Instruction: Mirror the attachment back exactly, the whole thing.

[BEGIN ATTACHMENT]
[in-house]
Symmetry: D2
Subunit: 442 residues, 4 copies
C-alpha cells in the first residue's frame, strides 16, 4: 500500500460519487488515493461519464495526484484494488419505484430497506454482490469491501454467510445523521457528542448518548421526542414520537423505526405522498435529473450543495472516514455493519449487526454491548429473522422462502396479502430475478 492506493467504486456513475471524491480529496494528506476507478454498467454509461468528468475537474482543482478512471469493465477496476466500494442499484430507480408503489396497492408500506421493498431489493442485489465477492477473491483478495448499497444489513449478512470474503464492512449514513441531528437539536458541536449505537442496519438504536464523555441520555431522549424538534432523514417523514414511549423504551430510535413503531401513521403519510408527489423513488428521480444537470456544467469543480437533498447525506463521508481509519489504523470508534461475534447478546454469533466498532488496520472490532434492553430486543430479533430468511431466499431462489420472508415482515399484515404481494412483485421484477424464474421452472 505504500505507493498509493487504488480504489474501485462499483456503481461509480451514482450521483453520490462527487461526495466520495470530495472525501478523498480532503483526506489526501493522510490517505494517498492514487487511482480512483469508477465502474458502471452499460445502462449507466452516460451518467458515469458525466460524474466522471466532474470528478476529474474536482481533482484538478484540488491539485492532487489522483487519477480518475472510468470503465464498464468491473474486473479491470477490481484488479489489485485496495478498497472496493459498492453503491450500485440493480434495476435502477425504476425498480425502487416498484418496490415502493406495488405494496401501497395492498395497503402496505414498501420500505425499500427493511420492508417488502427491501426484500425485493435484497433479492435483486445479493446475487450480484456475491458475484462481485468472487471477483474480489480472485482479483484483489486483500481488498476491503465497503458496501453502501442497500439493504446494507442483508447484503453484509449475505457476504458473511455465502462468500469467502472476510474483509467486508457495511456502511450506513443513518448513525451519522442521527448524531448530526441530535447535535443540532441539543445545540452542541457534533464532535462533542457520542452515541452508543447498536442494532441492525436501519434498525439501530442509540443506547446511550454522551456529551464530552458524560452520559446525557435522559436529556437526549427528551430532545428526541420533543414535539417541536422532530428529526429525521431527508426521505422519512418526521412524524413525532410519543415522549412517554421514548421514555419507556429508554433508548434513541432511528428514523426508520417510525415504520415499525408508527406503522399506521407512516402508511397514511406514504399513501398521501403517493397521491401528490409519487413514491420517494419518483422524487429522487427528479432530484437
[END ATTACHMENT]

[in-house]
Symmetry: D2
Subunit: 442 residues, 4 copies
C-alpha cells in the first residue's frame, strides 16, 4: 500500500460519487488515493461519464495526484484494488419505484430497506454482490469491501454467510445523521457528542448518548421526542414520537423505526405522498435529473450543495472516514455493519449487526454491548429473522422462502396479502430475478 492506493467504486456513475471524491480529496494528506476507478454498467454509461468528468475537474482543482478512471469493465477496476466500494442499484430507480408503489396497492408500506421493498431489493442485489465477492477473491483478495448499497444489513449478512470474503464492512449514513441531528437539536458541536449505537442496519438504536464523555441520555431522549424538534432523514417523514414511549423504551430510535413503531401513521403519510408527489423513488428521480444537470456544467469543480437533498447525506463521508481509519489504523470508534461475534447478546454469533466498532488496520472490532434492553430486543430479533430468511431466499431462489420472508415482515399484515404481494412483485421484477424464474421452472 505504500505507493498509493487504488480504489474501485462499483456503481461509480451514482450521483453520490462527487461526495466520495470530495472525501478523498480532503483526506489526501493522510490517505494517498492514487487511482480512483469508477465502474458502471452499460445502462449507466452516460451518467458515469458525466460524474466522471466532474470528478476529474474536482481533482484538478484540488491539485492532487489522483487519477480518475472510468470503465464498464468491473474486473479491470477490481484488479489489485485496495478498497472496493459498492453503491450500485440493480434495476435502477425504476425498480425502487416498484418496490415502493406495488405494496401501497395492498395497503402496505414498501420500505425499500427493511420492508417488502427491501426484500425485493435484497433479492435483486445479493446475487450480484456475491458475484462481485468472487471477483474480489480472485482479483484483489486483500481488498476491503465497503458496501453502501442497500439493504446494507442483508447484503453484509449475505457476504458473511455465502462468500469467502472476510474483509467486508457495511456502511450506513443513518448513525451519522442521527448524531448530526441530535447535535443540532441539543445545540452542541457534533464532535462533542457520542452515541452508543447498536442494532441492525436501519434498525439501530442509540443506547446511550454522551456529551464530552458524560452520559446525557435522559436529556437526549427528551430532545428526541420533543414535539417541536422532530428529526429525521431527508426521505422519512418526521412524524413525532410519543415522549412517554421514548421514555419507556429508554433508548434513541432511528428514523426508520417510525415504520415499525408508527406503522399506521407512516402508511397514511406514504399513501398521501403517493397521491401528490409519487413514491420517494419518483422524487429522487427528479432530484437